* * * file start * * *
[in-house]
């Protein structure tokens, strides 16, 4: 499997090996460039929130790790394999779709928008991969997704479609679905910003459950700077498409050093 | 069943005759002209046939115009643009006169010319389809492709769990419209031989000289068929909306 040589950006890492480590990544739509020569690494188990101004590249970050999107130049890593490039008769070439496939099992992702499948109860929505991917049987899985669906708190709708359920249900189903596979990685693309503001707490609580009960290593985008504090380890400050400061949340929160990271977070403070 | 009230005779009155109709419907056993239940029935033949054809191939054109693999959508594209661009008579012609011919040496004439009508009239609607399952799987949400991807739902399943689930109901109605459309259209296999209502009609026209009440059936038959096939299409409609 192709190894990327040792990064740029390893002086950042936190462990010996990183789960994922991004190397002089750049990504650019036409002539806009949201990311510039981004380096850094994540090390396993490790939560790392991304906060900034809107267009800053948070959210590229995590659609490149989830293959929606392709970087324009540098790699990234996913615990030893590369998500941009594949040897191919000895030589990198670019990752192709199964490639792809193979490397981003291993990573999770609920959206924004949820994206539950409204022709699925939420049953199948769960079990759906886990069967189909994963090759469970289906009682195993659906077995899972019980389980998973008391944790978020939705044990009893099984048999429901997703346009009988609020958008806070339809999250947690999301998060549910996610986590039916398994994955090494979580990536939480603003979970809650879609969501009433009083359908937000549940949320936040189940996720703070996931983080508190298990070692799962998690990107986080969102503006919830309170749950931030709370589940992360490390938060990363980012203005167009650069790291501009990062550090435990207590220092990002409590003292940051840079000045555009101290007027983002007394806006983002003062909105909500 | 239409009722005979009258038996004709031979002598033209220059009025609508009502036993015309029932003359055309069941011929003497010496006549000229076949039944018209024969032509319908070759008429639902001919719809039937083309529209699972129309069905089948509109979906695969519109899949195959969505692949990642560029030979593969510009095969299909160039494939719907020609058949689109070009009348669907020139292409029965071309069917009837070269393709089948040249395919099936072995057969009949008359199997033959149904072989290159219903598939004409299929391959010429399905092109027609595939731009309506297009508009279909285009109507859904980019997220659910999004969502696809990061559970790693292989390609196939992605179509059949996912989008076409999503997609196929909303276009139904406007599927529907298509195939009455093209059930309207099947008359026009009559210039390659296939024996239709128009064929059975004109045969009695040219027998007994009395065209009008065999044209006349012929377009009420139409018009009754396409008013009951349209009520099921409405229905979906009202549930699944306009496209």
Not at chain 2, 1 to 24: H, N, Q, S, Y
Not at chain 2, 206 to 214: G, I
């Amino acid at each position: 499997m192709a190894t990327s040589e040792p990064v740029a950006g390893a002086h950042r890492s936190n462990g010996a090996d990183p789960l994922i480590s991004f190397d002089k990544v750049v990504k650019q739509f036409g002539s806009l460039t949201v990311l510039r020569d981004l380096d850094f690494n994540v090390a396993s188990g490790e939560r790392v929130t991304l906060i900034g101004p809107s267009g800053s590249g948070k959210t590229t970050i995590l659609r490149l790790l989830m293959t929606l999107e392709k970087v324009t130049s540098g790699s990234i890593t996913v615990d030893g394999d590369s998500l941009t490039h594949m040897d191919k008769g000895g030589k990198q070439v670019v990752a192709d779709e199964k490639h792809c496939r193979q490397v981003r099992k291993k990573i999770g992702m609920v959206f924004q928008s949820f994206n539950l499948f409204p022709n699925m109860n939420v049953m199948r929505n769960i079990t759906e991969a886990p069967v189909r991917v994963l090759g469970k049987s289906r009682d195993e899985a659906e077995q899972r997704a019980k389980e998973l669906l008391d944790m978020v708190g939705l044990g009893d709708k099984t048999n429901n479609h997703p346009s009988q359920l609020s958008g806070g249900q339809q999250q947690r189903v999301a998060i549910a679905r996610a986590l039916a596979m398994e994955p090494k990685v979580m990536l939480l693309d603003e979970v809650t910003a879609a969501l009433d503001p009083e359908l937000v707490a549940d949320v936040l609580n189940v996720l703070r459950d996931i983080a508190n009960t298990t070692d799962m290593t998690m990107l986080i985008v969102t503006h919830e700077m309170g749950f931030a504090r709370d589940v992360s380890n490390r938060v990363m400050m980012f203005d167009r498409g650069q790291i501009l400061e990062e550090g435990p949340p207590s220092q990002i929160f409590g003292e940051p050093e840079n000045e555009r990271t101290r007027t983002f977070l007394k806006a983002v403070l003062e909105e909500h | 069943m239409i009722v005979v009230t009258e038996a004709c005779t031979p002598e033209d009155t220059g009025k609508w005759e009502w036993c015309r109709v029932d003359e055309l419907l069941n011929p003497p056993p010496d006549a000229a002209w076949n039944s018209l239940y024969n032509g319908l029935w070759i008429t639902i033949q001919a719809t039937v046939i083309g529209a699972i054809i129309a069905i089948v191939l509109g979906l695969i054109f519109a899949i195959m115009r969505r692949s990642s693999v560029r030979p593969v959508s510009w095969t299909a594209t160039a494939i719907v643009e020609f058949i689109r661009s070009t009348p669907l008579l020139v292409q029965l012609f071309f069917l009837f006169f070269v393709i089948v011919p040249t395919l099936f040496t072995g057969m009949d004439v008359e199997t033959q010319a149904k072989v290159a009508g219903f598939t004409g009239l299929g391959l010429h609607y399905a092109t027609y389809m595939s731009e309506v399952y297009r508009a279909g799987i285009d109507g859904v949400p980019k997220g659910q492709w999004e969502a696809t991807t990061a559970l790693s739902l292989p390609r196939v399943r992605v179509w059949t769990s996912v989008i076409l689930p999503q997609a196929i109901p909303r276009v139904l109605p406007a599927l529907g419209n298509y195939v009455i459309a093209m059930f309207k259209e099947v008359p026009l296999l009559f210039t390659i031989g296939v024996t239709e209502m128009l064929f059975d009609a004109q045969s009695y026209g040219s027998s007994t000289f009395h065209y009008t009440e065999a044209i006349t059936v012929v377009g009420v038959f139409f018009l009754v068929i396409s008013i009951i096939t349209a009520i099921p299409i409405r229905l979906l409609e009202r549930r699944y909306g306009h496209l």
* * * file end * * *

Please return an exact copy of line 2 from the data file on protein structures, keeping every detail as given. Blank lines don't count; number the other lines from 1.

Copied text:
């Protein structure tokens, strides 16, 4: 499997090996460039929130790790394999779709928008991969997704479609679905910003459950700077498409050093 | 069943005759002209046939115009643009006169010319389809492709769990419209031989000289068929909306 040589950006890492480590990544739509020569690494188990101004590249970050999107130049890593490039008769070439496939099992992702499948109860929505991917049987899985669906708190709708359920249900189903596979990685693309503001707490609580009960290593985008504090380890400050400061949340929160990271977070403070 | 009230005779009155109709419907056993239940029935033949054809191939054109693999959508594209661009008579012609011919040496004439009508009239609607399952799987949400991807739902399943689930109901109605459309259209296999209502009609026209009440059936038959096939299409409609 192709190894990327040792990064740029390893002086950042936190462990010996990183789960994922991004190397002089750049990504650019036409002539806009949201990311510039981004380096850094994540090390396993490790939560790392991304906060900034809107267009800053948070959210590229995590659609490149989830293959929606392709970087324009540098790699990234996913615990030893590369998500941009594949040897191919000895030589990198670019990752192709199964490639792809193979490397981003291993990573999770609920959206924004949820994206539950409204022709699925939420049953199948769960079990759906886990069967189909994963090759469970289906009682195993659906077995899972019980389980998973008391944790978020939705044990009893099984048999429901997703346009009988609020958008806070339809999250947690999301998060549910996610986590039916398994994955090494979580990536939480603003979970809650879609969501009433009083359908937000549940949320936040189940996720703070996931983080508190298990070692799962998690990107986080969102503006919830309170749950931030709370589940992360490390938060990363980012203005167009650069790291501009990062550090435990207590220092990002409590003292940051840079000045555009101290007027983002007394806006983002003062909105909500 | 239409009722005979009258038996004709031979002598033209220059009025609508009502036993015309029932003359055309069941011929003497010496006549000229076949039944018209024969032509319908070759008429639902001919719809039937083309529209699972129309069905089948509109979906695969519109899949195959969505692949990642560029030979593969510009095969299909160039494939719907020609058949689109070009009348669907020139292409029965071309069917009837070269393709089948040249395919099936072995057969009949008359199997033959149904072989290159219903598939004409299929391959010429399905092109027609595939731009309506297009508009279909285009109507859904980019997220659910999004969502696809990061559970790693292989390609196939992605179509059949996912989008076409999503997609196929909303276009139904406007599927529907298509195939009455093209059930309207099947008359026009009559210039390659296939024996239709128009064929059975004109045969009695040219027998007994009395065209009008065999044209006349012929377009009420139409018009009754396409008013009951349209009520099921409405229905979906009202549930699944306009496209």